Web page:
Find $x$, such that $$x^{98} \equiv 7 \mod 18$$ holds.
Reminder: Euler's totient function is given by $$\phi(n) = n\prod_{p_i|n}\left(1-\frac1{p_i}\right).$$

I actually don't know, how to even approach this. What is the common way, to approach this type of question? How do i start solving this? I tried simplifying to this:

\begin{align} x^{98} &\equiv 7 \mod 2 \Rightarrow x^{98} ≡ 1 \mod 2\\ x^{98} &\equiv 7 \mod 9 \end{align} but i'm not sure if this is the right approach.

Any help would be appreciated.

  • $\begingroup$ So, what have you tried, on your own? And your thought process while addressing this problem that has been assigned to you, and (not MSE). $\endgroup$ – Namaste Aug 9 '17 at 2:09

The idea is to resort to Euler's Theorem. You want to solve the equation $$x^{98}\equiv 7\,(\text{mod } 18).$$ This, in particular, would imply that $x^{98}=7 + 18\cdot n$ for some $n\in\mathbb{N}$, hence $x$ has to be coprime with $18$ (if $p$ divides $x$ and $18$, then it divides $x^{98}$ and $18$ and so $7$ as well, which is impossible). Thus you are in the hypothesis of Euler's Theorem: $x$ and $18$ are coprime and so $$x^{\varphi(18)}\equiv 1\,(\text{mod } 18).$$ By repeatedly using this relation, you should be able to simplify your equation to something more handy.


If $x$ is relatively prime to $18$ then $x^n$ has to be relatively prime to $18$ too. There are only six residues modulo $18$ that do this, the rest are multiples of $2$ or $3$. So $x^0=1, x^1=x, x^2, ...$ cycle among these six residues and you have $x^6\equiv x^0=1$.

Then $x^{98}\equiv x^{92}\equiv x^{86}\equiv ...$ and you get all the way down to $x^2$ where $2$ is the remainder when you divide $98$ by $6$. And solving $x^2\equiv 7 \bmod 18$ will be easy.


The form of Euler's totient function $\phi$ given there is not very practical, and I notice that you didn't give the value for $\phi(18)$. Here's it's easier to use that for $p$ prime, $\phi(p^k) = p^{k-1}(p-1)$ and that $\phi$ is multiplicative between coprime numbers.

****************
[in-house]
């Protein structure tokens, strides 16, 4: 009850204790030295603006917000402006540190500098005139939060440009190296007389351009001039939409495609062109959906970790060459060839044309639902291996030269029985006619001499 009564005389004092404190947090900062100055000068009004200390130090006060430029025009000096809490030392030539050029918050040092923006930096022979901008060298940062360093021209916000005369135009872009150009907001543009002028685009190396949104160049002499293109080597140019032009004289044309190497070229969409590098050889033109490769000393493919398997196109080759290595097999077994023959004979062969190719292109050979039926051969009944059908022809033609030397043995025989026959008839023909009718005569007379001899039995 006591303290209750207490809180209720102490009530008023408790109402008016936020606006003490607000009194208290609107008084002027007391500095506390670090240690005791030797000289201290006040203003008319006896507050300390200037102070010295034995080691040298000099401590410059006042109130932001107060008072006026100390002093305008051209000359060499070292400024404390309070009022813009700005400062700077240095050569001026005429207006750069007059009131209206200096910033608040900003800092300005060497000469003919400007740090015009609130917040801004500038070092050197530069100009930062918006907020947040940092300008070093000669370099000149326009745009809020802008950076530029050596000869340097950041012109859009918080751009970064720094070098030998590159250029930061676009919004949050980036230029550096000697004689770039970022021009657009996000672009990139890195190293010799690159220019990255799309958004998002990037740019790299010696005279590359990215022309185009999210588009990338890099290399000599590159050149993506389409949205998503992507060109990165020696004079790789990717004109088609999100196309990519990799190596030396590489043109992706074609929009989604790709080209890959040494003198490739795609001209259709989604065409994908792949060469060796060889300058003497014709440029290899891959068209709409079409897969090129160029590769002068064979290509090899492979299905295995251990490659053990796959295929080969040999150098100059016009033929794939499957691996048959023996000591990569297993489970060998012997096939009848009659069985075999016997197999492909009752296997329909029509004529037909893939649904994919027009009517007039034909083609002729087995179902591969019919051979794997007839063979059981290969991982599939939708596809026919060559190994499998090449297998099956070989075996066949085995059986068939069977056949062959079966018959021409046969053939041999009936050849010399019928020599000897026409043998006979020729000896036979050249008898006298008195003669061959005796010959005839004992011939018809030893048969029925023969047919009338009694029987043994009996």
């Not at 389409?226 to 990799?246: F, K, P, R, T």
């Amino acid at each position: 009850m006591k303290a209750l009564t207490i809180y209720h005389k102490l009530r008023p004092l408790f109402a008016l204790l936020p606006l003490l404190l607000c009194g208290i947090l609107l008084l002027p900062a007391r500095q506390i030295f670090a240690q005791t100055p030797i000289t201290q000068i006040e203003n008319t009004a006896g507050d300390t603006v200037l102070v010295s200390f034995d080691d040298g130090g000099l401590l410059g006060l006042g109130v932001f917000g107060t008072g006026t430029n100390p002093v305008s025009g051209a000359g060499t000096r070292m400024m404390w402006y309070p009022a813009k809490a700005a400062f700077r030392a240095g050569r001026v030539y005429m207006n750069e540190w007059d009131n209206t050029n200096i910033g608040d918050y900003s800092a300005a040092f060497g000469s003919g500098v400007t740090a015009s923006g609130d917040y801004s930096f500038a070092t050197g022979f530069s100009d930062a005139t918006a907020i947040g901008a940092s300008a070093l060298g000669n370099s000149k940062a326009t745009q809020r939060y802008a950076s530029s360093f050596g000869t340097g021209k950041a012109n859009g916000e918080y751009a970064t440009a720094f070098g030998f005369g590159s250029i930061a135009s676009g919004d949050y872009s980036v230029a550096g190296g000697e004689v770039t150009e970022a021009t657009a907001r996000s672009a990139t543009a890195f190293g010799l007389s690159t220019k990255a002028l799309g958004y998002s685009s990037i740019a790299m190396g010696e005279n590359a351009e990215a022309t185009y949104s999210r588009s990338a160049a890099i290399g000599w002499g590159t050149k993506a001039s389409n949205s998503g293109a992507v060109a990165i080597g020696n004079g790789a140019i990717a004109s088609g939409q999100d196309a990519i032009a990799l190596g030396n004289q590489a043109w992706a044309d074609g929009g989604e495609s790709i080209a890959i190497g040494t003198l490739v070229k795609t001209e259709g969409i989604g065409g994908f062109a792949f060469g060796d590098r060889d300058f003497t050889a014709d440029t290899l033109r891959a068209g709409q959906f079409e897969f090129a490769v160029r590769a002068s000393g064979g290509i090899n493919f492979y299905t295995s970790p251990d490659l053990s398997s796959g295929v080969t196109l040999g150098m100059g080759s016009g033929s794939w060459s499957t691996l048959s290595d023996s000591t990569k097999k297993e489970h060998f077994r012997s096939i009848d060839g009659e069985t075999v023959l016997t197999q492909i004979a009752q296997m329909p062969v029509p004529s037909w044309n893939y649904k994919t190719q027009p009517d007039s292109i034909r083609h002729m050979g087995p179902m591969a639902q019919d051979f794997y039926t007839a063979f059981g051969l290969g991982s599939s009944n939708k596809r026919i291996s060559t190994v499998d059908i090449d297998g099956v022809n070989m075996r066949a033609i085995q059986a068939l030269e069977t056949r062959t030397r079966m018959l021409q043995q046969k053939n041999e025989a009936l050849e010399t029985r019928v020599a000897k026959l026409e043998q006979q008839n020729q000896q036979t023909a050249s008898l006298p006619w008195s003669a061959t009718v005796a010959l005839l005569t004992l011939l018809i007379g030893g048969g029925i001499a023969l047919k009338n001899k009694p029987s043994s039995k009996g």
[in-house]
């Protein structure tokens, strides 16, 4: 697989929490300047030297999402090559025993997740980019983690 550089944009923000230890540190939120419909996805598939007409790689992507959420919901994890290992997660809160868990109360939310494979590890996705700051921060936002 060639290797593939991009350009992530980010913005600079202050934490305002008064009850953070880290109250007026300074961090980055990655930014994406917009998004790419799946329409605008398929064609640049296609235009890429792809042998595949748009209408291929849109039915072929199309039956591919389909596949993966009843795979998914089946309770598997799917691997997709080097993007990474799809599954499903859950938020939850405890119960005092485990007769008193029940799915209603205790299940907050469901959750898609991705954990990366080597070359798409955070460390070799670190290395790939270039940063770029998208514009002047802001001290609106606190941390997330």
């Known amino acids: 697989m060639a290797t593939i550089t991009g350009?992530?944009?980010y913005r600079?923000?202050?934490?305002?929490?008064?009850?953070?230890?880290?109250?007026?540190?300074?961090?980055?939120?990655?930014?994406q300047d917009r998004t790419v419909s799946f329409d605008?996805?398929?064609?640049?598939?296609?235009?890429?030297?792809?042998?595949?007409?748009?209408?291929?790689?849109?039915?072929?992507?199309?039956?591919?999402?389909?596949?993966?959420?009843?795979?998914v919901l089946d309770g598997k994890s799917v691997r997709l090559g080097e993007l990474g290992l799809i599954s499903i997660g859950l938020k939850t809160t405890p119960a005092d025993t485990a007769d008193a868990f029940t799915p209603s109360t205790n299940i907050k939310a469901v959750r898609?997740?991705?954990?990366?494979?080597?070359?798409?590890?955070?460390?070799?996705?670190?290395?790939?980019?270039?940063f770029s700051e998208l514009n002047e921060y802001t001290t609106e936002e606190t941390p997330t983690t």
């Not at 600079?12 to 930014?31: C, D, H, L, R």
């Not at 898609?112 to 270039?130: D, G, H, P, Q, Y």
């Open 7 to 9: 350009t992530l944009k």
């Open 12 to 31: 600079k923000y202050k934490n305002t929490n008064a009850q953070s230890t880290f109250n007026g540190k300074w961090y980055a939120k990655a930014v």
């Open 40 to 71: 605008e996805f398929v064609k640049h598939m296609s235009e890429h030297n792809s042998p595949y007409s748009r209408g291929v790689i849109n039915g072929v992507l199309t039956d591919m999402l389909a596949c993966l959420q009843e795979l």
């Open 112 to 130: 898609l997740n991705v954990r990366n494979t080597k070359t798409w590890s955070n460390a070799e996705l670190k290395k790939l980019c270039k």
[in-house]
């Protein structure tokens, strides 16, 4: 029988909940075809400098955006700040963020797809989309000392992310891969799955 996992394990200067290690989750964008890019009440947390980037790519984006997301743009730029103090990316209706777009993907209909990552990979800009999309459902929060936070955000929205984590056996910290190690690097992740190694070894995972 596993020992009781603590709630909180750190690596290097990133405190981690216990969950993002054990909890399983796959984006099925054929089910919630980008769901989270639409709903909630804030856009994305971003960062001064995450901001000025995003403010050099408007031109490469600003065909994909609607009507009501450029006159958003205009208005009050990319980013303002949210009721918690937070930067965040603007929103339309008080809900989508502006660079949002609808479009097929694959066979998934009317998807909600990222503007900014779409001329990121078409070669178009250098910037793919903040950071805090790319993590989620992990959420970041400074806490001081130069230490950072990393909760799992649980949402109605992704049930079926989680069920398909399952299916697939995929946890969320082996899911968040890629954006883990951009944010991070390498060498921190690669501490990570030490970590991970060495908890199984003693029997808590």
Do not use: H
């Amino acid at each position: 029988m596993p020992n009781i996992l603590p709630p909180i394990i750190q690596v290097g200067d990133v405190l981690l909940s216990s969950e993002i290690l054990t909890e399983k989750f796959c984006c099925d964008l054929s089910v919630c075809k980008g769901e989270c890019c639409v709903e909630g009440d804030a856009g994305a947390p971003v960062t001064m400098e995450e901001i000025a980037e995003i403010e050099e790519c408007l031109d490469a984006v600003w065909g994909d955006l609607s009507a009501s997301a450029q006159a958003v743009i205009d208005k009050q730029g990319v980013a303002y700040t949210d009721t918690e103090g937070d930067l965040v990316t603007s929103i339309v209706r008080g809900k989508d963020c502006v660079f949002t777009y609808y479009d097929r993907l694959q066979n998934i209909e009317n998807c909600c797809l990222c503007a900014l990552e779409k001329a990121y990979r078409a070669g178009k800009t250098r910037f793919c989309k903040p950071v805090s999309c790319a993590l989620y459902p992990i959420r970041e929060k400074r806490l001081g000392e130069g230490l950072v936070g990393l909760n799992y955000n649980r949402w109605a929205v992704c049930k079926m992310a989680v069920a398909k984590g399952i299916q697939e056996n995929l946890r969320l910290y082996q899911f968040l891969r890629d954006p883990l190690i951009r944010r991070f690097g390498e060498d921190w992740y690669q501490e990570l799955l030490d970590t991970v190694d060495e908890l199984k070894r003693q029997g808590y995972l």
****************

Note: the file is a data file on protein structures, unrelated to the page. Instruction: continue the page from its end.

So $\phi(18) = \phi(3^2)\phi(2) = 3^1(3-1)(2-1) = 6$.

Thus any number $a$ coprime to $18$ has $a^6\equiv 1 \bmod 18$ (Euler's theorem).

Since $x^{98}\equiv 7$ is coprime to $18$, $x$ is also. Applying $x^6\equiv 1$ we can see that $x^{96}\equiv 1\bmod 18 $ and thus $x^{98}\equiv x^2\bmod 18$. By inspection, since $7+18=25$, we can see that $x\equiv 5$ is an answer to $x^2\equiv 7 \bmod 18$ and thus $x\equiv -5\equiv 13 \bmod 18$ is also an answer.

A couple of notes:

  • Because we ended up looking for $x^2\equiv 7 \bmod 18$, we needed that $7$ is a quadratic residue $\bmod 18$, which is only true of half the values coprime to $18$. If the question had $5$ in place of $7$, there would be no answer.
  • If we were looking at a modulus divisible by two odd primes, or by an odd prime and $4$, there would be more than two answers (for any soluble system). For example $x^2\equiv 13 \bmod 36$ has $x\equiv \{7, 11,25,29\}\bmod 36$.

Thank you for the answers,

I hope I got it right so I solved this question for example:

Find the last digit of $7^{2013}$

so obviously

$7^{2013} ≡ x(mod 10)$

so my thought process was the same, i know that $gcd(7,10)=1$


then $(7^4)^{503}*7≡x(mod10)$

finally: $$7≡x(mod10)$$

so the final answer is 7, I hope I got it right...


Your Answer

By clicking “Post Your Answer”, you agree to our terms of service, privacy policy and cookie policy

Not the answer you're looking for? Browse other questions tagged or ask your own question.